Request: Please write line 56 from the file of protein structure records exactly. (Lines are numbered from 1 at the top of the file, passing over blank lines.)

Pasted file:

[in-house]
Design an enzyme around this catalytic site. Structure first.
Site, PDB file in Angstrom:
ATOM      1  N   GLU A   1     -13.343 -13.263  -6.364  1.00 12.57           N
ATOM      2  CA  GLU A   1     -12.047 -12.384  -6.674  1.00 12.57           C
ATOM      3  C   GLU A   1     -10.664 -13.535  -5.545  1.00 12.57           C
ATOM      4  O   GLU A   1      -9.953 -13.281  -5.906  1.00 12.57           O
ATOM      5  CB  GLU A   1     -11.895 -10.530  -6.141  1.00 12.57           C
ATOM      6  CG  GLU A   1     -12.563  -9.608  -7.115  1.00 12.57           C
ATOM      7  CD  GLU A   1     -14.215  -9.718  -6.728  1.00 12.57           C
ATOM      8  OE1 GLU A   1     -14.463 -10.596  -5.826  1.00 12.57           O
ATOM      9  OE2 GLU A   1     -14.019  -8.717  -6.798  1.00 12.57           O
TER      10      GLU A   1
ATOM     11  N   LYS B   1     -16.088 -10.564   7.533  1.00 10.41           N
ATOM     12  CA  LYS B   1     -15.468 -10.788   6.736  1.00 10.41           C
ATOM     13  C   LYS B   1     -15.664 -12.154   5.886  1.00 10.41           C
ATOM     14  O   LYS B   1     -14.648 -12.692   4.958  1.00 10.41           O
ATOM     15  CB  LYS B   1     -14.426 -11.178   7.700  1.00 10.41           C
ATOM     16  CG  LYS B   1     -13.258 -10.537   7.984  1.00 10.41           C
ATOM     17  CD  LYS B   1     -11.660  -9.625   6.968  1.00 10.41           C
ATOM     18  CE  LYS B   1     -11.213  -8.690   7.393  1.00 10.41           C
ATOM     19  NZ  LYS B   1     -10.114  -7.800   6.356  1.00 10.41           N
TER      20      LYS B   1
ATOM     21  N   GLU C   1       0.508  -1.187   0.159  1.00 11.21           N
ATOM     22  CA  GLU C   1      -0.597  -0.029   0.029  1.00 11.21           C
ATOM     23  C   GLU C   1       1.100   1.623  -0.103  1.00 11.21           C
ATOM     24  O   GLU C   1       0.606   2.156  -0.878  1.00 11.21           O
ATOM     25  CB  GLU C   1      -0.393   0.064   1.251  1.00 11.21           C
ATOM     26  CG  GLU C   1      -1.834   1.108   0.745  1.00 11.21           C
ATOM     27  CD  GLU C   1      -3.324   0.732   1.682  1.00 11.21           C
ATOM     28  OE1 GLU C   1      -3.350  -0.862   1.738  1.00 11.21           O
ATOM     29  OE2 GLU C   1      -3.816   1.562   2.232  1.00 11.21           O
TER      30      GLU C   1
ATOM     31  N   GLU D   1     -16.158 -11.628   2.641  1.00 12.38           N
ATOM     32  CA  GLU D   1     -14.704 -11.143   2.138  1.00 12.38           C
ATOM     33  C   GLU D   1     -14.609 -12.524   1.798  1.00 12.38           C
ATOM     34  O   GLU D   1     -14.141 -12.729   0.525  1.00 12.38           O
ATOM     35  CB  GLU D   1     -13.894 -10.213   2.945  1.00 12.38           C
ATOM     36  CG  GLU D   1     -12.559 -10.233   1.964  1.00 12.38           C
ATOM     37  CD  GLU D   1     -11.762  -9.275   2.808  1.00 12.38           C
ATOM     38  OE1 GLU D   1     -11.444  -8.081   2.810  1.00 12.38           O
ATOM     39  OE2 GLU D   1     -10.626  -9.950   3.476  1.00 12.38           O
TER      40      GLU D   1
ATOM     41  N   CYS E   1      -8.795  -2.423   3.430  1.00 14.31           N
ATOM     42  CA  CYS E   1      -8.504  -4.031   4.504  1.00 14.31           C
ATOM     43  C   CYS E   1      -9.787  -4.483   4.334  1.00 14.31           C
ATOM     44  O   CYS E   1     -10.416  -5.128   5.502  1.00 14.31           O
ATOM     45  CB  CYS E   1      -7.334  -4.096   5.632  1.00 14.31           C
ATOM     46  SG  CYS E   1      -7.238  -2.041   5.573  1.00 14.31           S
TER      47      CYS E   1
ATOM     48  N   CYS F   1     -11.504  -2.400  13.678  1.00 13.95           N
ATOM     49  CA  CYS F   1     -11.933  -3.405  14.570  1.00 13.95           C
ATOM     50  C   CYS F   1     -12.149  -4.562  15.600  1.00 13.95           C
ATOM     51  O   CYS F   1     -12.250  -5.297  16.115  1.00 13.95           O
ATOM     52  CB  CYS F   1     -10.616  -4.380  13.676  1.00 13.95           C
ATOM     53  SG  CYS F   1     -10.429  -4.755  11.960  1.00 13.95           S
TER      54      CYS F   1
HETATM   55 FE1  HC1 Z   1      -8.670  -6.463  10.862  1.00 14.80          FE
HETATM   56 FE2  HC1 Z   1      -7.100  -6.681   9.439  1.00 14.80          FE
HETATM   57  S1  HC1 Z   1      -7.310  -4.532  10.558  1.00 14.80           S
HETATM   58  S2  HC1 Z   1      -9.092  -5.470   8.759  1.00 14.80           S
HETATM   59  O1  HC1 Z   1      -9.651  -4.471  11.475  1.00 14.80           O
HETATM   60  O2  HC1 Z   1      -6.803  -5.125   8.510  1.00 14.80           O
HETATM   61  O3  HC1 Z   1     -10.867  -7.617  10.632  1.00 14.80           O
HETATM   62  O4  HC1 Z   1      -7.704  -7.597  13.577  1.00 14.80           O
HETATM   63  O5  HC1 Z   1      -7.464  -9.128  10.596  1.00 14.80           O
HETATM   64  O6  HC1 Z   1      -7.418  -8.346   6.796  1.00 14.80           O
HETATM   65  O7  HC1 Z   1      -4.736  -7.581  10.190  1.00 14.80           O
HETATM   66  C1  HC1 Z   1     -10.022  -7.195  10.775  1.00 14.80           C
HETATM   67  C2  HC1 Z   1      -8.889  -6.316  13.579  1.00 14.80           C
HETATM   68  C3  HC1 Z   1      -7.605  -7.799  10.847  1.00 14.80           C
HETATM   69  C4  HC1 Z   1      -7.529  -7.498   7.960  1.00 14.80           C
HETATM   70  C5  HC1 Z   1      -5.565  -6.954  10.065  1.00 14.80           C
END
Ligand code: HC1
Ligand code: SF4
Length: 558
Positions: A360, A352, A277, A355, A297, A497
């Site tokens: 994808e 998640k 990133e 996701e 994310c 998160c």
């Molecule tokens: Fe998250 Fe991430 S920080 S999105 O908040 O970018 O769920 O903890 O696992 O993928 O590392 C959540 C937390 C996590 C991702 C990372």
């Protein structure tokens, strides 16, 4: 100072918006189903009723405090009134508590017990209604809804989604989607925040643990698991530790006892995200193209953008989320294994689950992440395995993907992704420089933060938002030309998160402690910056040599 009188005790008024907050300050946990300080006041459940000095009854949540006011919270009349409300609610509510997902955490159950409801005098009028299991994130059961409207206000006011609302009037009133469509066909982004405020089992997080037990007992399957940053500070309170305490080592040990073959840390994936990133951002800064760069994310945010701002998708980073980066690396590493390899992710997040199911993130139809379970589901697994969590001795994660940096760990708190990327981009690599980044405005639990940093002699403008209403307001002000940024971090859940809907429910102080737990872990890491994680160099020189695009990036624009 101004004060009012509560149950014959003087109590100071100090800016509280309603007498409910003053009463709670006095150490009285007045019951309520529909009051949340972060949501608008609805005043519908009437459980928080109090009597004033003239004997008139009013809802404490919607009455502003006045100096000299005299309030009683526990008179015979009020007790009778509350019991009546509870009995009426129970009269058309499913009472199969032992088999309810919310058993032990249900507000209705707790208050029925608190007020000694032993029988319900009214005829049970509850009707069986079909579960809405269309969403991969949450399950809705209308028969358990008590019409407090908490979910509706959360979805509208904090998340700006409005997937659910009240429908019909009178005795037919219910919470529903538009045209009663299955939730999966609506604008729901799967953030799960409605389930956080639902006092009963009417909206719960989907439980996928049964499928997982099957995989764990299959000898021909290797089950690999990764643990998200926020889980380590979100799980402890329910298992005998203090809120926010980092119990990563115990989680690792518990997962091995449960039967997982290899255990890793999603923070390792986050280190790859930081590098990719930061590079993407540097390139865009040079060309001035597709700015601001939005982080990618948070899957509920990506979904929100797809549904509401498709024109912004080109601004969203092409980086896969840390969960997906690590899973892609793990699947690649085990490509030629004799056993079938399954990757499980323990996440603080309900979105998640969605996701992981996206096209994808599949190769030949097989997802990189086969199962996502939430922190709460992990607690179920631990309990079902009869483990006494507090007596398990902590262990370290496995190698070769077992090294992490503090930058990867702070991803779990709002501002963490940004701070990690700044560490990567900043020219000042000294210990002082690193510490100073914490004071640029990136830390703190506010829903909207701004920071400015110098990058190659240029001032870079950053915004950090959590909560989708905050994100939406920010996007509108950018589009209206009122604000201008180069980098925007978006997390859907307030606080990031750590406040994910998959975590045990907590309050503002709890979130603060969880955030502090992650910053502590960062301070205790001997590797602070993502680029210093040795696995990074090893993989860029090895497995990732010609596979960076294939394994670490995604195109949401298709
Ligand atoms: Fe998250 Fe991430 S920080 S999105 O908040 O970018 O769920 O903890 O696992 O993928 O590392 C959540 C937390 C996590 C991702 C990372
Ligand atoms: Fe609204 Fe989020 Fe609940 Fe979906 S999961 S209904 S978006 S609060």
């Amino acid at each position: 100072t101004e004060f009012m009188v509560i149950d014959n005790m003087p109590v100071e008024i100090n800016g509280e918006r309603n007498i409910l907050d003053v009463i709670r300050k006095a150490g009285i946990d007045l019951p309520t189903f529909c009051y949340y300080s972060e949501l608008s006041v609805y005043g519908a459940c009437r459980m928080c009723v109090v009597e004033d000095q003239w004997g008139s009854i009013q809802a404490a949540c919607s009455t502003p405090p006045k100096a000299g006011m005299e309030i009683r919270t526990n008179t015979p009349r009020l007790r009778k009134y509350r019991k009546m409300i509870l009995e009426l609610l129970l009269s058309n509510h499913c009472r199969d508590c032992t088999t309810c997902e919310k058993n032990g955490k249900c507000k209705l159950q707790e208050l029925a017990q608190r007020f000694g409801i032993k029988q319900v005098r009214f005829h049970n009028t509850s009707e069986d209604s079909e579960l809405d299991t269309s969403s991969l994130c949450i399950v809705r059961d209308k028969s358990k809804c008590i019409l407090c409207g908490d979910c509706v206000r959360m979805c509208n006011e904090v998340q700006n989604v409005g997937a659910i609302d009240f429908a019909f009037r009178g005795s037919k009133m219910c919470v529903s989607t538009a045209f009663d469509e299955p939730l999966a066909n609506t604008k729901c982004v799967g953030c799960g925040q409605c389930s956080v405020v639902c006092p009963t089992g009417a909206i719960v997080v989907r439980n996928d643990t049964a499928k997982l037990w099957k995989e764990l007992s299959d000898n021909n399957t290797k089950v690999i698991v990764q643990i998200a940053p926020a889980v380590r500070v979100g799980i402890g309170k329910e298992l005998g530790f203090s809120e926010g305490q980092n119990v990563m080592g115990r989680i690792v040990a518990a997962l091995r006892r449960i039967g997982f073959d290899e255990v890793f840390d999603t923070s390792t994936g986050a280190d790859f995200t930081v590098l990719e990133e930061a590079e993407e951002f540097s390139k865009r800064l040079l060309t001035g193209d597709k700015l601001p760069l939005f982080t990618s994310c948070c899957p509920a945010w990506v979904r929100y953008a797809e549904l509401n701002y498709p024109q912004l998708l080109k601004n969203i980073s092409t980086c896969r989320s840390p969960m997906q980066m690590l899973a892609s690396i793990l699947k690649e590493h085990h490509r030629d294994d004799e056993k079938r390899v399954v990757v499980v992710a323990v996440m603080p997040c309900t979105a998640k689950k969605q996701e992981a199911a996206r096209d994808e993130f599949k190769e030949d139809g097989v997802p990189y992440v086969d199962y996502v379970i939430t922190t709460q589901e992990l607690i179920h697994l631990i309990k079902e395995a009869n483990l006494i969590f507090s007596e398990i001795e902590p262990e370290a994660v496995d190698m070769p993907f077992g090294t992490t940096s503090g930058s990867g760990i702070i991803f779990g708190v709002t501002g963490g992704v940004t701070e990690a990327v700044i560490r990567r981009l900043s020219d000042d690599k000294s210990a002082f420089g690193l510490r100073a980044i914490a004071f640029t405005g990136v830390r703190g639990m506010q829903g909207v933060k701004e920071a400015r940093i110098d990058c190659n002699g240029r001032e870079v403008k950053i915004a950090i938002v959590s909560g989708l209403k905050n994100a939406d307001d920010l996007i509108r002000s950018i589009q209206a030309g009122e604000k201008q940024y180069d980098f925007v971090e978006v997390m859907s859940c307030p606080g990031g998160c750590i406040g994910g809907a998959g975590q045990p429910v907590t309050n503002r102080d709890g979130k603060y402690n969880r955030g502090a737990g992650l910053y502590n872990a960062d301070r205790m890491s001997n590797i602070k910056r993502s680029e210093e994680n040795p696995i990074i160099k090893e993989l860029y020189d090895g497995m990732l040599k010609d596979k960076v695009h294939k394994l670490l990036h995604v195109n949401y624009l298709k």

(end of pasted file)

ATOM     53  SG  CYS F   1     -10.429  -4.755  11.960  1.00 13.95           S